Coldwater Teacher Files Federal Suit Against Ohio Teacher Union Notorious for Religious Discrimination
Ohio Education Association Union Continues Its Assault on Teachers of Faith
Columbus, OH (December 4, 2008) - A fourth grade teacher from the Coldwater Exempted Village School District has filed a federal suit against the state’s largest teacher union for forcing her to pay compulsory union fees to fund the union whose activities violate her religious faith.
National Right to Work Legal Defense Foundation attorneys, providing the teacher with free legal aid, filed the suit this week in the United States District Court for the Southern District of Ohio, Eastern Division.
Kathy Hart, an active member of the Catholic Church, has been a teacher in the Ohio public school system since August 1996. Because the public school she works in is unionized, she works under a collective bargaining agreement which forces her to pay compulsory union fees to the National Education Association (NEA) union and its state and local affiliates - the Ohio Education Association (OEA) union and the Coldwater Teachers Organization (CTO) union. Due to her faith, Hart objects to the unions’ positions on abortion and special rights for homosexuals.
Hart had asked that the union divert her compulsory fees to a charity, thereby accommodating her religious objections to supporting financially unions she believes to be involved in immoral activities.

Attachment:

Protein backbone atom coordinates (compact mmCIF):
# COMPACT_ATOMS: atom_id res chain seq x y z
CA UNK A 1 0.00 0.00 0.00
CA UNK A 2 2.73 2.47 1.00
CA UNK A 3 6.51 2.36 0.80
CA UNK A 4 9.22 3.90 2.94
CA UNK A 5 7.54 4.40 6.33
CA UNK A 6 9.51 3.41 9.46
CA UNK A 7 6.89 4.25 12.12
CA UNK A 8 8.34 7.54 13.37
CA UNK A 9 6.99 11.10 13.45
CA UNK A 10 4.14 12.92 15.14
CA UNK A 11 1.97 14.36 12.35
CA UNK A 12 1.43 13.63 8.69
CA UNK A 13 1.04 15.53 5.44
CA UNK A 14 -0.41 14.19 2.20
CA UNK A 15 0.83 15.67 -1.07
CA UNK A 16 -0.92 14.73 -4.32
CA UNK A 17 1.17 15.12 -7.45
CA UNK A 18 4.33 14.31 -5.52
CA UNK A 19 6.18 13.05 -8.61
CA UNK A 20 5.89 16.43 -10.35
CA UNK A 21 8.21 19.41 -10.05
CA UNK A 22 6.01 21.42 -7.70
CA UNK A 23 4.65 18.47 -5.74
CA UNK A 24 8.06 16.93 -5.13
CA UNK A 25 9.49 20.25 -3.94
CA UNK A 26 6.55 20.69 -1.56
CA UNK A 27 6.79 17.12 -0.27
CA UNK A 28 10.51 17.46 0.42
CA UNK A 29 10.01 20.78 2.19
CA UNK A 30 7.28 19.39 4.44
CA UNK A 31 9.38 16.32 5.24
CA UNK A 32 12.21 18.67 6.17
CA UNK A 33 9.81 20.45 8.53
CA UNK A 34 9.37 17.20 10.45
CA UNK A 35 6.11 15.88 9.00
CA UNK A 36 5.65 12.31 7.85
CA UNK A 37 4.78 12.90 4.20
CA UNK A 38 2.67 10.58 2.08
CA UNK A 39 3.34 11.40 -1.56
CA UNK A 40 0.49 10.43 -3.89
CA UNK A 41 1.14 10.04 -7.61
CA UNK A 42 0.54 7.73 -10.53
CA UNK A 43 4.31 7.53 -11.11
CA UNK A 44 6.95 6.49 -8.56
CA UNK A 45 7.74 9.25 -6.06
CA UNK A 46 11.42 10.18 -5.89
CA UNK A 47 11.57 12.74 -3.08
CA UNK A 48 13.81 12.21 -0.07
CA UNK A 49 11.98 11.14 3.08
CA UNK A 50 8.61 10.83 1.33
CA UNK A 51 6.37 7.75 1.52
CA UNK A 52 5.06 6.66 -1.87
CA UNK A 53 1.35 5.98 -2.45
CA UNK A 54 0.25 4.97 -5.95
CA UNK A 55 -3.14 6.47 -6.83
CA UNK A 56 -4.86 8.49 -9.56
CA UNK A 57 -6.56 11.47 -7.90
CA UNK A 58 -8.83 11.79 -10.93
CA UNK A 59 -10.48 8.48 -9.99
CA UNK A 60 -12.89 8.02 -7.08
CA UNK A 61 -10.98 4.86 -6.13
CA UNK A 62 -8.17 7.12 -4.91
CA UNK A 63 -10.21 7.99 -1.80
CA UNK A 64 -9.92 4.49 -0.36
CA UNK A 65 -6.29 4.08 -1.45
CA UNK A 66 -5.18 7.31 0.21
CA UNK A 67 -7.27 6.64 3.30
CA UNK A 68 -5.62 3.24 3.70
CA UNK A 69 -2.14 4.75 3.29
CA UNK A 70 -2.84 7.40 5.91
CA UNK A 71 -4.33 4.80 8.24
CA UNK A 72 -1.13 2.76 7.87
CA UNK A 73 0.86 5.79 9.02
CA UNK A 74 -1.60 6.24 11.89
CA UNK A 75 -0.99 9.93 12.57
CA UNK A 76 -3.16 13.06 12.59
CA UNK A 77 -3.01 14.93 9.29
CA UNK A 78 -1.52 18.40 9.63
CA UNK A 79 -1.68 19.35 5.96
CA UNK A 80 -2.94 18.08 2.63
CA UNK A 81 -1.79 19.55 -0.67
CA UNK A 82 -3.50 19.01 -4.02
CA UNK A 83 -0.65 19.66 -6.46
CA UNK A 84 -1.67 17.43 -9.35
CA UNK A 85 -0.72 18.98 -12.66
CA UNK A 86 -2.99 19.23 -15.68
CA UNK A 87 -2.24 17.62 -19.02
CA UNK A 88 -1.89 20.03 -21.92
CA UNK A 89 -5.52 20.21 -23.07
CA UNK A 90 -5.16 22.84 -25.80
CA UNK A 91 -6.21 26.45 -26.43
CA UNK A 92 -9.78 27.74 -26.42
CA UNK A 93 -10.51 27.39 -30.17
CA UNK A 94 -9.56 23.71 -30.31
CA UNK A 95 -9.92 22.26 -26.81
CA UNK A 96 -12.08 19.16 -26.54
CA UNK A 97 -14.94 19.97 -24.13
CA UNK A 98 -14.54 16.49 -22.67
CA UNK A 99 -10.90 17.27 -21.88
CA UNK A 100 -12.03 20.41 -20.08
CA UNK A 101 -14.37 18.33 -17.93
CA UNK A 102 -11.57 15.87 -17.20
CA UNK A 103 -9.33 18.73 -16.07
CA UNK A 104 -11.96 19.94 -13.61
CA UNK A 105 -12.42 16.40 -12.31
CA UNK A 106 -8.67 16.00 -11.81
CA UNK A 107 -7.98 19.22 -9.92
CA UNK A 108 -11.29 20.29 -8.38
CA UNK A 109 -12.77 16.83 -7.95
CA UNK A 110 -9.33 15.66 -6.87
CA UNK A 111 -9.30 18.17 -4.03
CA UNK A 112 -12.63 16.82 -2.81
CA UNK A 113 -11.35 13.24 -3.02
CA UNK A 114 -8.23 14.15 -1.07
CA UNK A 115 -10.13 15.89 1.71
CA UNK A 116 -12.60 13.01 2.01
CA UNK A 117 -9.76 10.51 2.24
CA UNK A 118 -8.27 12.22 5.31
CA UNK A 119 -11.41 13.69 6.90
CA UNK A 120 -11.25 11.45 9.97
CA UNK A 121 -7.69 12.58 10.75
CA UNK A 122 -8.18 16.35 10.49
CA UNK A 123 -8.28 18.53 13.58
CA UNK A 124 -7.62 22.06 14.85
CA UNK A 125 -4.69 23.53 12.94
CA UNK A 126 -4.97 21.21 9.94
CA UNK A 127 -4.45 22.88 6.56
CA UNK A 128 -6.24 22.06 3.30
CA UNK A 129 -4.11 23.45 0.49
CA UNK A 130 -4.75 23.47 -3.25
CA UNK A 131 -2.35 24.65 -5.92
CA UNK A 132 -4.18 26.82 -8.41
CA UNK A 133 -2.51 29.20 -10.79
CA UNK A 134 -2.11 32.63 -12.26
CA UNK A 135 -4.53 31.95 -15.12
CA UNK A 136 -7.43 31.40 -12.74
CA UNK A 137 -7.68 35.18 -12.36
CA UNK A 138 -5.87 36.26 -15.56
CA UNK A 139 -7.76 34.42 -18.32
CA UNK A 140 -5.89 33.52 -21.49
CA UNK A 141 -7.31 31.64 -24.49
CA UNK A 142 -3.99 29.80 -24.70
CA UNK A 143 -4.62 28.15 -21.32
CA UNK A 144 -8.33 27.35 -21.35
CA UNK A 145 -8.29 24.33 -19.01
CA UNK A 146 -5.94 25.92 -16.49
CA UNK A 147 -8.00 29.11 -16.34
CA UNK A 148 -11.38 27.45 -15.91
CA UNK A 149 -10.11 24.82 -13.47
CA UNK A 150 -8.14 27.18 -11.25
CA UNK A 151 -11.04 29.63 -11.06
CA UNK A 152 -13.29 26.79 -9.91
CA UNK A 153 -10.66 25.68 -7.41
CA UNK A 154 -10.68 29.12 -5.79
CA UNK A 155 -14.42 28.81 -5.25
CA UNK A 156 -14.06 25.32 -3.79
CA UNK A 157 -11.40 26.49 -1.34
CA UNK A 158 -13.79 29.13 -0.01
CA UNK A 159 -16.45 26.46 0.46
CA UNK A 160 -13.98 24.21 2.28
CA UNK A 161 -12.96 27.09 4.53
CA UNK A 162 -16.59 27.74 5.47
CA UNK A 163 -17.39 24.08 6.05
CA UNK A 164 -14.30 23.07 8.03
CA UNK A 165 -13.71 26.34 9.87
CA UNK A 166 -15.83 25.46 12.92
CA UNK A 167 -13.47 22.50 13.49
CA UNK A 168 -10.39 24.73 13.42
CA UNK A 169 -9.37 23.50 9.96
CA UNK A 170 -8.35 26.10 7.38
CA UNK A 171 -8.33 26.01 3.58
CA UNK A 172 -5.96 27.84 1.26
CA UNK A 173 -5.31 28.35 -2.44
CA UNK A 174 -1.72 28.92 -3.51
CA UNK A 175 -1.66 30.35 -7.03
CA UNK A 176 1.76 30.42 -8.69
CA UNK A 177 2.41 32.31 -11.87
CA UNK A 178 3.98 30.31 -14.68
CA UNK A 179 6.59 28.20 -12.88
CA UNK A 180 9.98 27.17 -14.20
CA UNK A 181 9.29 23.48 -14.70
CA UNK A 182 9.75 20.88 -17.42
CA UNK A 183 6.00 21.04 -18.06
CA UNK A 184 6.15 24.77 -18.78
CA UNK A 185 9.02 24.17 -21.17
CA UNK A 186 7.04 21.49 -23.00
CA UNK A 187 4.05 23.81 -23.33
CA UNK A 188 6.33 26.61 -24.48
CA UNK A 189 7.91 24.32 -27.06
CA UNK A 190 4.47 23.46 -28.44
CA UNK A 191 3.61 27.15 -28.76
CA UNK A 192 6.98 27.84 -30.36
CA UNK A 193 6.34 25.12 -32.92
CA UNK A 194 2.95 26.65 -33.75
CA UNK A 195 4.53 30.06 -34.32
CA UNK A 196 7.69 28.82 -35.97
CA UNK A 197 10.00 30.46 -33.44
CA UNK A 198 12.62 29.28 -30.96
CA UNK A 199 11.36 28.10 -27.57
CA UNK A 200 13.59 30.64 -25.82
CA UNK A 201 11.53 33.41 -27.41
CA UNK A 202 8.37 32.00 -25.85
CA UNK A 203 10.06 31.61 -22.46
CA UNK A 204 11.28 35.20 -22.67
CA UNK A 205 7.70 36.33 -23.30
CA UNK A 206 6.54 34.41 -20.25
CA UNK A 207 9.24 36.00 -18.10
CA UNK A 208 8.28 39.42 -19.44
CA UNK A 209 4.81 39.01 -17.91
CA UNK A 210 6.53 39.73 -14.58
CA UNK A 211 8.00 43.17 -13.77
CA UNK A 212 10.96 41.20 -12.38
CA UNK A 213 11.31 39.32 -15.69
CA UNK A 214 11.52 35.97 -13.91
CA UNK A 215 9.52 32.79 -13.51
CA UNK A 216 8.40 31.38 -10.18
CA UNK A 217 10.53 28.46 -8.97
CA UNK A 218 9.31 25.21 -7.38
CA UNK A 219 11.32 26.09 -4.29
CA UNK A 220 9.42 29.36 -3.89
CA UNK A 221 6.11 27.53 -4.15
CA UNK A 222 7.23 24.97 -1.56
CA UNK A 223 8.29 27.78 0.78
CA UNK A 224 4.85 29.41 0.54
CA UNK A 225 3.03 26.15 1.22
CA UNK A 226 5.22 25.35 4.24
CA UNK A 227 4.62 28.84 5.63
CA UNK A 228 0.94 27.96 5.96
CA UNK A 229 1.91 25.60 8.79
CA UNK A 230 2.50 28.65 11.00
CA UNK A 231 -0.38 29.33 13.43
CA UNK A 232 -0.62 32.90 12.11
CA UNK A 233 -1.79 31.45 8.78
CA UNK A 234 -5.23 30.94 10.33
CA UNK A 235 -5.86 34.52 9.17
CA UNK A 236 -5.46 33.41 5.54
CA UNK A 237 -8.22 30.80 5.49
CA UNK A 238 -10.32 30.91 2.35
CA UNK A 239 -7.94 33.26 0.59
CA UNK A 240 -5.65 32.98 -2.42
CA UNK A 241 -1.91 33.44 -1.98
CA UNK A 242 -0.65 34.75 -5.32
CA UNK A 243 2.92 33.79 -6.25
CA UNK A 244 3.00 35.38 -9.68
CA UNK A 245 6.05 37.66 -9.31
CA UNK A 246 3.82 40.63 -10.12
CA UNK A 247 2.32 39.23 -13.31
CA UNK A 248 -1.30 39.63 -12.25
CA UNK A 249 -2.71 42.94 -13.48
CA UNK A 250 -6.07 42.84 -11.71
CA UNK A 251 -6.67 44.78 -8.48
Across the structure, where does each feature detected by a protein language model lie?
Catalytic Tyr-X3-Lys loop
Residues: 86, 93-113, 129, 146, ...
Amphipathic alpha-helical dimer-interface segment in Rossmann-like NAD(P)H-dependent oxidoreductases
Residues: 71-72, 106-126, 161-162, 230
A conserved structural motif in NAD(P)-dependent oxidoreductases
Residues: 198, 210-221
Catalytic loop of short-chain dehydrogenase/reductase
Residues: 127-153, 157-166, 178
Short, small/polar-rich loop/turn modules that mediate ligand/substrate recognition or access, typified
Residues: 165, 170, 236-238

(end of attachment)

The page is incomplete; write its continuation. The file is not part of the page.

NEA union officials agreed to allow Hart to redirect her compulsory union dues to a mutually agreed upon charity. However, OEA officials refused to accommodate Hart and used the CTO to collect forced union dues from her paycheck. In response, Hart filed charges with the United States Equal Employment Opportunity Commission (EEOC) alleging that the union officials’ actions were religious discrimination in violation of Title VII of the Civil Rights Act. The EEOC authorized Hart in September to proceed with her own civil action against the OEA and CTO.
National Right to Work Foundation attorneys have helped Ohio teachers in dozens of cases over the last decade involving harassment by officials at the OEA union and its affiliates.
“OEA union bosses have a long and abusive record of violating employees’ rights by refusing to accommodate religious objectors in the workplace,” said Stefan Gleason, vice president of the National Right to Work Foundation. “The OEA union hierarchy’s ugly policy of forcing teachers to fund unions which offend their consciences will continue until Ohio gives employees the protections of a Right to Work law.”
A Right to Work law secures the right of employees to decide whether or not to join or financially support a union. In the 22 states that have passed Right to Work laws, employees are free to follow their conscience and refrain from supporting an unwanted union without having to resort to costly litigation.